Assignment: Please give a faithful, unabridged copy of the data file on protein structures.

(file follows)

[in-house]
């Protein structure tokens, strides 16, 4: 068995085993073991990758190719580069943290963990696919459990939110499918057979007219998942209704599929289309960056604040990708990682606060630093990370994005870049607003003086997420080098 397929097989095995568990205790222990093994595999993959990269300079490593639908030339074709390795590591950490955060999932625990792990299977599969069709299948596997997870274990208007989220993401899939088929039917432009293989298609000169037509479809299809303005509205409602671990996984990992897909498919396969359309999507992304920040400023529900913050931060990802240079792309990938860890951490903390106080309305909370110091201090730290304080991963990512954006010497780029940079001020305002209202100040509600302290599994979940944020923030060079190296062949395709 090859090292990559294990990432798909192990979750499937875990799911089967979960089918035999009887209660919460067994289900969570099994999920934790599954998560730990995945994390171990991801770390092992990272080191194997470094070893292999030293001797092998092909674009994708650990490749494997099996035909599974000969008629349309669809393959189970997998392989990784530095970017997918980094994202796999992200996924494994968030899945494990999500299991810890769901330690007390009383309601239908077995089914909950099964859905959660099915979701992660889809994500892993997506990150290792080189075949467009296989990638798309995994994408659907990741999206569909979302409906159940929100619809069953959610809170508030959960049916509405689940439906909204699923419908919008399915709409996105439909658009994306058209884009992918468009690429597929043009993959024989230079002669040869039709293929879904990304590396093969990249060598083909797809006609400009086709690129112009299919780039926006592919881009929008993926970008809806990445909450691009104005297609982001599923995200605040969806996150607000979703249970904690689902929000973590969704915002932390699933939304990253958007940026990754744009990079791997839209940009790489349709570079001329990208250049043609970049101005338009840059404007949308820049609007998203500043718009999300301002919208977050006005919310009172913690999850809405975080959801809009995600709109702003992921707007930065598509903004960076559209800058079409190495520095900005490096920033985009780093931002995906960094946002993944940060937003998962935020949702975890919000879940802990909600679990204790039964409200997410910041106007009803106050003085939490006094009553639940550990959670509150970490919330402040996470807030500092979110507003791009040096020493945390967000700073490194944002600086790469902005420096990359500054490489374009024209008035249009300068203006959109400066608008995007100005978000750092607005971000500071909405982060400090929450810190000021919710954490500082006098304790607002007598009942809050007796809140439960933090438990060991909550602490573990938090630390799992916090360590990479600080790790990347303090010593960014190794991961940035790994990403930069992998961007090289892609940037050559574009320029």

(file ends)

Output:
[in-house]
């Protein structure tokens, strides 16, 4: 068995085993073991990758190719580069943290963990696919459990939110499918057979007219998942209704599929289309960056604040990708990682606060630093990370994005870049607003003086997420080098 397929097989095995568990205790222990093994595999993959990269300079490593639908030339074709390795590591950490955060999932625990792990299977599969069709299948596997997870274990208007989220993401899939088929039917432009293989298609000169037509479809299809303005509205409602671990996984990992897909498919396969359309999507992304920040400023529900913050931060990802240079792309990938860890951490903390106080309305909370110091201090730290304080991963990512954006010497780029940079001020305002209202100040509600302290599994979940944020923030060079190296062949395709 090859090292990559294990990432798909192990979750499937875990799911089967979960089918035999009887209660919460067994289900969570099994999920934790599954998560730990995945994390171990991801770390092992990272080191194997470094070893292999030293001797092998092909674009994708650990490749494997099996035909599974000969008629349309669809393959189970997998392989990784530095970017997918980094994202796999992200996924494994968030899945494990999500299991810890769901330690007390009383309601239908077995089914909950099964859905959660099915979701992660889809994500892993997506990150290792080189075949467009296989990638798309995994994408659907990741999206569909979302409906159940929100619809069953959610809170508030959960049916509405689940439906909204699923419908919008399915709409996105439909658009994306058209884009992918468009690429597929043009993959024989230079002669040869039709293929879904990304590396093969990249060598083909797809006609400009086709690129112009299919780039926006592919881009929008993926970008809806990445909450691009104005297609982001599923995200605040969806996150607000979703249970904690689902929000973590969704915002932390699933939304990253958007940026990754744009990079791997839209940009790489349709570079001329990208250049043609970049101005338009840059404007949308820049609007998203500043718009999300301002919208977050006005919310009172913690999850809405975080959801809009995600709109702003992921707007930065598509903004960076559209800058079409190495520095900005490096920033985009780093931002995906960094946002993944940060937003998962935020949702975890919000879940802990909600679990204790039964409200997410910041106007009803106050003085939490006094009553639940550990959670509150970490919330402040996470807030500092979110507003791009040096020493945390967000700073490194944002600086790469902005420096990359500054490489374009024209008035249009300068203006959109400066608008995007100005978000750092607005971000500071909405982060400090929450810190000021919710954490500082006098304790607002007598009942809050007796809140439960933090438990060991909550602490573990938090630390799992916090360590990479600080790790990347303090010593960014190794991961940035790994990403930069992998961007090289892609940037050559574009320029």